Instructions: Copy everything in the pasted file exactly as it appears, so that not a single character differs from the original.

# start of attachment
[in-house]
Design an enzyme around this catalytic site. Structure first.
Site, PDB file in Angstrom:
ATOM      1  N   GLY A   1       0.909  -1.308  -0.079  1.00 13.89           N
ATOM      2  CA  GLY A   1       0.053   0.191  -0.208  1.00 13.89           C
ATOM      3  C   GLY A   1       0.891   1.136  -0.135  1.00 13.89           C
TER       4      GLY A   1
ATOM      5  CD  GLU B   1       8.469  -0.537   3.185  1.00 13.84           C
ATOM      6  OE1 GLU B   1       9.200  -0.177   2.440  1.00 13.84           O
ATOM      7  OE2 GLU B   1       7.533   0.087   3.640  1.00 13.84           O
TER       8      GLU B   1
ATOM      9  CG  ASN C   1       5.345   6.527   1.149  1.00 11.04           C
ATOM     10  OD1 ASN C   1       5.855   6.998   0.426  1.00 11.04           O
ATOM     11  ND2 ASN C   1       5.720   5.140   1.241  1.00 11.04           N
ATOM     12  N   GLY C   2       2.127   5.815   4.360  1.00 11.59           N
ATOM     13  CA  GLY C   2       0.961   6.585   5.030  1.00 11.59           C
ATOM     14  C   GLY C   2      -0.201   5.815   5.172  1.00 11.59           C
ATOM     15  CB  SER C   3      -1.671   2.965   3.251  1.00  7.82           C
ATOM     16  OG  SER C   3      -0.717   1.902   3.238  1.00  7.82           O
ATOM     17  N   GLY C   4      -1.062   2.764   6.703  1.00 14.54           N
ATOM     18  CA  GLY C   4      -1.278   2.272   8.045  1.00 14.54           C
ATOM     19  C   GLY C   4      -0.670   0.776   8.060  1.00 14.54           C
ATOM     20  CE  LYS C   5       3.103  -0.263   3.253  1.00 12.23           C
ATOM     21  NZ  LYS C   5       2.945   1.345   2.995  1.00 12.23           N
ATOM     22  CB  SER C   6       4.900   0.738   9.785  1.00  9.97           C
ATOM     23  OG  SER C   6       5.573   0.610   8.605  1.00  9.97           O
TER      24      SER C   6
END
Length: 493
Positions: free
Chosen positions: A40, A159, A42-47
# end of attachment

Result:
[in-house]
Design an enzyme around this catalytic site. Structure first.
Site, PDB file in Angstrom:
ATOM      1  N   GLY A   1       0.909  -1.308  -0.079  1.00 13.89           N
ATOM      2  CA  GLY A   1       0.053   0.191  -0.208  1.00 13.89           C
ATOM      3  C   GLY A   1       0.891   1.136  -0.135  1.00 13.89           C
TER       4      GLY A   1
ATOM      5  CD  GLU B   1       8.469  -0.537   3.185  1.00 13.84           C
ATOM      6  OE1 GLU B   1       9.200  -0.177   2.440  1.00 13.84           O
ATOM      7  OE2 GLU B   1       7.533   0.087   3.640  1.00 13.84           O
TER       8      GLU B   1
ATOM      9  CG  ASN C   1       5.345   6.527   1.149  1.00 11.04           C
ATOM     10  OD1 ASN C   1       5.855   6.998   0.426  1.00 11.04           O
ATOM     11  ND2 ASN C   1       5.720   5.140   1.241  1.00 11.04           N
ATOM     12  N   GLY C   2       2.127   5.815   4.360  1.00 11.59           N
ATOM     13  CA  GLY C   2       0.961   6.585   5.030  1.00 11.59           C
ATOM     14  C   GLY C   2      -0.201   5.815   5.172  1.00 11.59           C
ATOM     15  CB  SER C   3      -1.671   2.965   3.251  1.00  7.82           C
ATOM     16  OG  SER C   3      -0.717   1.902   3.238  1.00  7.82           O
ATOM     17  N   GLY C   4      -1.062   2.764   6.703  1.00 14.54           N
ATOM     18  CA  GLY C   4      -1.278   2.272   8.045  1.00 14.54           C
ATOM     19  C   GLY C   4      -0.670   0.776   8.060  1.00 14.54           C
ATOM     20  CE  LYS C   5       3.103  -0.263   3.253  1.00 12.23           C
ATOM     21  NZ  LYS C   5       2.945   1.345   2.995  1.00 12.23           N
ATOM     22  CB  SER C   6       4.900   0.738   9.785  1.00  9.97           C
ATOM     23  OG  SER C   6       5.573   0.610   8.605  1.00  9.97           O
TER      24      SER C   6
END
Length: 493
Positions: free
Chosen positions: A40, A159, A42-47